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Publication numberUS20050248664 A1
Publication typeApplication
Application numberUS 10/841,743
Publication dateNov 10, 2005
Filing dateMay 7, 2004
Priority dateMay 7, 2004
Also published asEP1757083A1, WO2005114982A1
Publication number10841743, 841743, US 2005/0248664 A1, US 2005/248664 A1, US 20050248664 A1, US 20050248664A1, US 2005248664 A1, US 2005248664A1, US-A1-20050248664, US-A1-2005248664, US2005/0248664A1, US2005/248664A1, US20050248664 A1, US20050248664A1, US2005248664 A1, US2005248664A1
InventorsAmy Enge
Original AssigneeEastman Kodak Company
Export CitationBiBTeX, EndNote, RefMan
External Links: USPTO, USPTO Assignment, Espacenet
Identifying red eye in digital camera images
US 20050248664 A1
Abstract
A method of detecting red eye in a color digital image produced by a digital camera includes using the digital camera to capture two original color digital images of the same scene with the first color digital image being with flash and the second color digital image without flash and producing for each such digital images a plurality of pixels in the same primary-color space having red, green, and blue pixels; and converting the primary-color space for the first and second digital images into the same chrominance channel, wherein the chrominance channel identifies a particular pair of colors and their relative intensity. The method further includes calculating the difference between the chrominance channel of the image captured without flash and the chrominance channel of the image captured with flash; and responding to such differences to locate the position of red eyes within the first color digital image.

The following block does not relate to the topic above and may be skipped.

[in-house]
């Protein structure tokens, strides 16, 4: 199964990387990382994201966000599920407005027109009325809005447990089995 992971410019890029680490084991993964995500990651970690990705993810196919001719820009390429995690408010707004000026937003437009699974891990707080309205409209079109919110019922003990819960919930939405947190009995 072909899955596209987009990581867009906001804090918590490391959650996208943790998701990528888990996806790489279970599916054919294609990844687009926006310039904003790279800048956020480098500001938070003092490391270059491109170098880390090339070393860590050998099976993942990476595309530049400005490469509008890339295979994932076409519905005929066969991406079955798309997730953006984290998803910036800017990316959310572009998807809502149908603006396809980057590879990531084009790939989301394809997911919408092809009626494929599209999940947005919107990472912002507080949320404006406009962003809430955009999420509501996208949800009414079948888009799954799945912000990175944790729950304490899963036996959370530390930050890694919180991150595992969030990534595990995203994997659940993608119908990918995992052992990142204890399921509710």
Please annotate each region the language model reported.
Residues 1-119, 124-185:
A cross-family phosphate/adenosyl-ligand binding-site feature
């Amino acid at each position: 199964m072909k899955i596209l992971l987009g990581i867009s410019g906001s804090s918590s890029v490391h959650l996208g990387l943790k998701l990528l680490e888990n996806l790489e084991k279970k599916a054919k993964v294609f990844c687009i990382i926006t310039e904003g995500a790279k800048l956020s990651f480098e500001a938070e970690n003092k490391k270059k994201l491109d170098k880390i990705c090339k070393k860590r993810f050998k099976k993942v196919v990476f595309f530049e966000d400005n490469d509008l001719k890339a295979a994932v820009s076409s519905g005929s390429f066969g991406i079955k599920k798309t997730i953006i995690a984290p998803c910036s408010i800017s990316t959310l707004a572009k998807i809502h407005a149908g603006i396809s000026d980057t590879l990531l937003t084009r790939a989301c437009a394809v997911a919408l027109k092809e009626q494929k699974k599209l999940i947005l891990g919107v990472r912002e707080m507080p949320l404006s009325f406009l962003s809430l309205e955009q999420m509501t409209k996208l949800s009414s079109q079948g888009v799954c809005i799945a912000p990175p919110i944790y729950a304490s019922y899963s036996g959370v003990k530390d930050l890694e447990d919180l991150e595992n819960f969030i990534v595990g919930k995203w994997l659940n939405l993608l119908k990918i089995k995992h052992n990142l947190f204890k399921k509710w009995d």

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Claims(12)
1. A method of detecting red eye in a color digital image produced by a digital camera, comprising:
(a) using the digital camera to capture two original color digital images of the same scene with the first color digital image being with flash and the second color digital image without flash and producing for each such digital images a plurality of pixels in the same primary-color space having red, green, and blue pixels;
(b) converting the primary-color space for the first and second digital images into the same chrominance channel, wherein the chrominance channel identifies a particular pair of colors and their relative intensity;
(c) calculating the difference between the chrominance channel of the image captured without flash and the chrominance channel of the image captured with flash; and
(d) responding to such differences to locate the position of red eyes within the first color digital image.
2. The method of claim 1 wherein the responding step includes performing a threshold step on the chrominance channel differences to separate, based on brightness, red eye from other similarly colored objects in the scene;
3. The method of claim 2 wherein the threshold step includes comparing the pixel values of the chrominance channel differences image or the first color digital image to a predetermined value.
4. The method of claim 2 wherein the threshold step includes comparing the chrominance pixel values of the first color digital image color or the chrominance channel of the first color digital image to a predetermined value.
5. The method of claim 2 wherein the threshold step includes selecting pixels adjacent to the detected red eye to determine if the red eye is substantially circular to confirm that red eye has been detected.
6. The method of claim 1 further including examining the pixels in the first color digital image or the chrominance channel of the first color digital image adjacent to the detected red eye to determine if they should be included in the detected red eye.
7. A method of detecting red eye in a color digital image produced by a digital camera: